The numbers of internationally mobile students are increasing and destinations diversifying. “Internationally mobile students” typically hold a non-resident visa status (sometimes called a student’s visa) to pursue a tertiary degree (or higher) in the destination country. These individuals are also called “degree-mobile students”, to emphasize the fact that they would be granted a foreign degree, and to distinguish them from “credit-mobile students” on short exchange or study-abroad trips.
“An internationally mobile student is an individual who has physically crossed an international border between two countries with the objective to participate in educational activities in a destination country, where the destination country is different from his or her country of origin.”
There are many overlapping definitions of “international students.” Since 2015, UNESCO, OECD and EUROSTAT, the European Union’s statistical office, have agreed upon this definition of “internationally mobile students.”
This definition captures the most important group of international students: those in a foreign country for education purpose. This definition also focuses on students who are enrolled for a tertiary degree (or higher), therefore the length of stay is typically more than one year, and up to 7 years.
There is no global estimate of the number of international students in 2017. In 2016, there were over 4.8 million international students, up from 2 million in 2000. Students are defined as those who have crossed a national or territorial border for the purpose of education and are now enrolled outside their country of origin’. More than half of these were enrolled in educational programmes in six countries: The United States of America, the United Kingdom, Australia, France, Germany and the Russian Federation. Prominent send- ing countries of international students include China, India, Germany, South Korea, Nigeria, France, Saudi Arabia and several Central Asian countries.
Available data can be used to monitor SDG commitments on student mobility, by measuring money spent on global scholarships. The volume of official development assistance flows for scholarships in 2016 stood at USD 1229 million.
Internationally mobile students, globally 2011 - 2017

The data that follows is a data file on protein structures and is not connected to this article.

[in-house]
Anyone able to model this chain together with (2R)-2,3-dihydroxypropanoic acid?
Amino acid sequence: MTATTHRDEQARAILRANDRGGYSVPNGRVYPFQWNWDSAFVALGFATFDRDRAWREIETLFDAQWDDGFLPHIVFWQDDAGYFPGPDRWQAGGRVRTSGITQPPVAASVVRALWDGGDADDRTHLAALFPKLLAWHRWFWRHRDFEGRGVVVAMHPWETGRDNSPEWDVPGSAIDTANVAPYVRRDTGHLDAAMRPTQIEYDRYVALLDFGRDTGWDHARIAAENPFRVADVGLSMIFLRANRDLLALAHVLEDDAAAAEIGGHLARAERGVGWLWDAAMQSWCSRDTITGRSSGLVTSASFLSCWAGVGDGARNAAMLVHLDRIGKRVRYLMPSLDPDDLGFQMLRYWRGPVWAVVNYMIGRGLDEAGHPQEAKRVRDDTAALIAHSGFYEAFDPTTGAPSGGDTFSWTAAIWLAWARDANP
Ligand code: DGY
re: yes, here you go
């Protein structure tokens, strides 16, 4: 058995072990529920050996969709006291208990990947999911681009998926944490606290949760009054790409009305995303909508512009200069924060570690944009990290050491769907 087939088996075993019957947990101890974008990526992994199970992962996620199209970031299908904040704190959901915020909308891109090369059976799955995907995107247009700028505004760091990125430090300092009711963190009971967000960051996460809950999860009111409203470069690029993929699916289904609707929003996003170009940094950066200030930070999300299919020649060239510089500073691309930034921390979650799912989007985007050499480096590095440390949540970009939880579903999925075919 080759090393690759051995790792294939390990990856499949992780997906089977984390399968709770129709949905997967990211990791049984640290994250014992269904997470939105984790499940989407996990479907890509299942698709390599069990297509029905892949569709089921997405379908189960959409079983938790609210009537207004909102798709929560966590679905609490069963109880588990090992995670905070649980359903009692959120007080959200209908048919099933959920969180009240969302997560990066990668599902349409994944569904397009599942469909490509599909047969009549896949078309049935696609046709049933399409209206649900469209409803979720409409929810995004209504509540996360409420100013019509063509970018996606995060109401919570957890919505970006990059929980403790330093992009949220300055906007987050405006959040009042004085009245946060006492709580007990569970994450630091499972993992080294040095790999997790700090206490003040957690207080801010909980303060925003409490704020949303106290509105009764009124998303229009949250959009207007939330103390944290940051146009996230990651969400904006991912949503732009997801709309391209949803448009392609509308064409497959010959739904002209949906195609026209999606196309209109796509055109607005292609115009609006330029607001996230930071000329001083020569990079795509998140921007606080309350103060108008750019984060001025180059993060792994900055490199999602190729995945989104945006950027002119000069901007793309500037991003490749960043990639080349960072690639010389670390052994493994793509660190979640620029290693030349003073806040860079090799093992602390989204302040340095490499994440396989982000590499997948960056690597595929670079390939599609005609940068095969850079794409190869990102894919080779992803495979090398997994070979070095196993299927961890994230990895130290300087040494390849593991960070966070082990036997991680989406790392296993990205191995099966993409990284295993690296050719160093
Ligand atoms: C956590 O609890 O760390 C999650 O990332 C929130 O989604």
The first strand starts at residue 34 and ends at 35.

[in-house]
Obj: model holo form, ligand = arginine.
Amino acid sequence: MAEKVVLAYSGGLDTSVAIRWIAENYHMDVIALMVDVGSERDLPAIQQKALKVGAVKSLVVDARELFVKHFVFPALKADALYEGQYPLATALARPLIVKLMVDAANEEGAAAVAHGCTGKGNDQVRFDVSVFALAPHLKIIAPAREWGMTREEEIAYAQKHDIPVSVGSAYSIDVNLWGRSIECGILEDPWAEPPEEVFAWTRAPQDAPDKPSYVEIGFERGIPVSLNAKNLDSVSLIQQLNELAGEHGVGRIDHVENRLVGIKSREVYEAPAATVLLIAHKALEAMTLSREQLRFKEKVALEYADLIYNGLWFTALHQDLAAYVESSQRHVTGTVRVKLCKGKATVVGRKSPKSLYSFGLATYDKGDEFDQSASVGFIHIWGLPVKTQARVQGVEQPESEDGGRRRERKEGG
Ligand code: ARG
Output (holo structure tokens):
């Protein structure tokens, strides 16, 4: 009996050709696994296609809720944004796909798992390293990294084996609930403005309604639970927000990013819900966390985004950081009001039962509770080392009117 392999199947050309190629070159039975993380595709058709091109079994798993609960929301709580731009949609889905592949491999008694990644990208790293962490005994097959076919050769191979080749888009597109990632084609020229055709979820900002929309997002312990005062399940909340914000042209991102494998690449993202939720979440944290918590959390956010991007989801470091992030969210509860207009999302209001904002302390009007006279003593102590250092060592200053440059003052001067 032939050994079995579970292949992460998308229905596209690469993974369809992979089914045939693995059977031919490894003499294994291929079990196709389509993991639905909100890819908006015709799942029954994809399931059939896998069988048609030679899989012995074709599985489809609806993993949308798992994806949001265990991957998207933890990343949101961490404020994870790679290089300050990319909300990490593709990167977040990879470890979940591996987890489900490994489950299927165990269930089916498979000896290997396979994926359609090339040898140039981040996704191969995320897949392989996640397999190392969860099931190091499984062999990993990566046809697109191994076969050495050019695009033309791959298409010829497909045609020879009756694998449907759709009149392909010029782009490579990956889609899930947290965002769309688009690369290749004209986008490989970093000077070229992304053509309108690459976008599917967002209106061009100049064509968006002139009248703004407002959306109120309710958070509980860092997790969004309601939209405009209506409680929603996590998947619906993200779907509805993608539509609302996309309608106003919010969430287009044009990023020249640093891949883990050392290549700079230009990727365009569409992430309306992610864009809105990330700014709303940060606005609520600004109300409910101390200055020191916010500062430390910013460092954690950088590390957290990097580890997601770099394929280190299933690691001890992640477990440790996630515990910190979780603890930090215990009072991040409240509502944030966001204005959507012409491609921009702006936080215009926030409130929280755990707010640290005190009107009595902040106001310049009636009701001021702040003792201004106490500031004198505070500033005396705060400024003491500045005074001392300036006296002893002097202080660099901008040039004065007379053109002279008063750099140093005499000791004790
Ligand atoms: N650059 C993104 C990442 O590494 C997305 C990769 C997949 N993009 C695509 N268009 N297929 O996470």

Source: IOM ́s GMDAC based on UNESCO, 2018
Top countries for international students
|Destination country||Total number of students|
|United Arab Emirates||54,162|
Source: UNESCO Institute for Statistics, July 2014
In 2016, there were over 4.8 million international students, up from 2 million in 2000. More than half of these were enrolled in educational programmes in six countries: The United States of America, the United Kingdom, Australia, France, Germany and the Russian Federation. Prominent sending countries of international students include China, India, Germany, South Korea, Nigeria, France, Saudi Arabia and several Central Asian countries.
The volume of official development assistance flows for scholarships in 2016 stood at USD 1229 million. This data can be used to monitor SDG commitments on student mobility, by measuring money spent on global scholarships.
Studies of internationally mobile students tend to focus on the conditions (push and pull factors) that motivate students to study overseas; but policymakers are also interested in international students because they can become highly skilled immigrants in the future.
UNESCO’s Institute for Statistics (UIS) provides the most comprehensive data to date on international student inbound and outbound flows for more than 100 countries, which could be combined into a bilateral database of international student flows. Countries, by responding to an annual UIS questionnaire, report the number of internationally mobile students they are hosting and information on the students’ countries of origin. Annual data are available from 1999 to 2016.
OECD provides the number of international students from various origins who are enrolled in each OECD country. This data source is available from 1998 to 2012. Between 2003 and 2012, the reported number can be further disaggregated into “non-citizen” students and “non-resident” students. The latter category aligns more closely with UIS’s definition of internationally mobile students.
Project Atlas - While UIS and the OECD rely on reports from destination countries, Project Atlas partners with country-specific data providers to obtain both inbound and outbound flows. The data are available from 2005 to 2016, covering 25 countries. It is important to note that the number reported by Project Atlas includes exchange and study-abroad students, and as such, the number is likely higher than those reported by UIS or OECD.
Prominent destination countries that host a large share of international students, such as the United States, are increasingly better at maintaining data on international students. These data could provide further breakdowns of international students by sex or age. Such data might be requested from relevant statistical agencies. The United States, for instance, maintains the Student and Exchange Visitor Program (SEVP) database which contains detailed records of international student visas from 2001 to present.
SOURCES: UN DESA, UNESCO, OECD